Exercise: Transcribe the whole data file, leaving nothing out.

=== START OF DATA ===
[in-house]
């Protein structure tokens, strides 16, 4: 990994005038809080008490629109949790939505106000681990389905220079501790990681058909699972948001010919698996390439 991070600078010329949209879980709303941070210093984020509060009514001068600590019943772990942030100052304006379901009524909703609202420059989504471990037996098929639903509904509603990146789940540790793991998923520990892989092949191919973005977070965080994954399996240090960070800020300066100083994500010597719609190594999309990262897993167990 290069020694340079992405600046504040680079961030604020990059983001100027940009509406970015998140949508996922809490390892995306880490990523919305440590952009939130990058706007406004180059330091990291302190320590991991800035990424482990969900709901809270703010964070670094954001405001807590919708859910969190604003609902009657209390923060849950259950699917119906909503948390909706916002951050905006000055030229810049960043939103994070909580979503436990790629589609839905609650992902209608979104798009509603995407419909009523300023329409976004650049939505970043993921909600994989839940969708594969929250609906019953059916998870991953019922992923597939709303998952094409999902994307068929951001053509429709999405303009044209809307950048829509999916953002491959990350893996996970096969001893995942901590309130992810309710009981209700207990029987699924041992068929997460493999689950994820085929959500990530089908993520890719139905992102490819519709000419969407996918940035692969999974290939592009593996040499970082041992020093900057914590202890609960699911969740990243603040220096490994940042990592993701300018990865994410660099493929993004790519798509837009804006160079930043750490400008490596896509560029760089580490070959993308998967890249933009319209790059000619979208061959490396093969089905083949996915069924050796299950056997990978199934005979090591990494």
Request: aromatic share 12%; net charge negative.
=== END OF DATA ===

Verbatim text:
[in-house]
């Protein structure tokens, strides 16, 4: 990994005038809080008490629109949790939505106000681990389905220079501790990681058909699972948001010919698996390439 991070600078010329949209879980709303941070210093984020509060009514001068600590019943772990942030100052304006379901009524909703609202420059989504471990037996098929639903509904509603990146789940540790793991998923520990892989092949191919973005977070965080994954399996240090960070800020300066100083994500010597719609190594999309990262897993167990 290069020694340079992405600046504040680079961030604020990059983001100027940009509406970015998140949508996922809490390892995306880490990523919305440590952009939130990058706007406004180059330091990291302190320590991991800035990424482990969900709901809270703010964070670094954001405001807590919708859910969190604003609902009657209390923060849950259950699917119906909503948390909706916002951050905006000055030229810049960043939103994070909580979503436990790629589609839905609650992902209608979104798009509603995407419909009523300023329409976004650049939505970043993921909600994989839940969708594969929250609906019953059916998870991953019922992923597939709303998952094409999902994307068929951001053509429709999405303009044209809307950048829509999916953002491959990350893996996970096969001893995942901590309130992810309710009981209700207990029987699924041992068929997460493999689950994820085929959500990530089908993520890719139905992102490819519709000419969407996918940035692969999974290939592009593996040499970082041992020093900057914590202890609960699911969740990243603040220096490994940042990592993701300018990865994410660099493929993004790519798509837009804006160079930043750490400008490596896509560029760089580490070959993308998967890249933009319209790059000619979208061959490396093969089905083949996915069924050796299950056997990978199934005979090591990494």
Request: aromatic share 12%; net charge negative.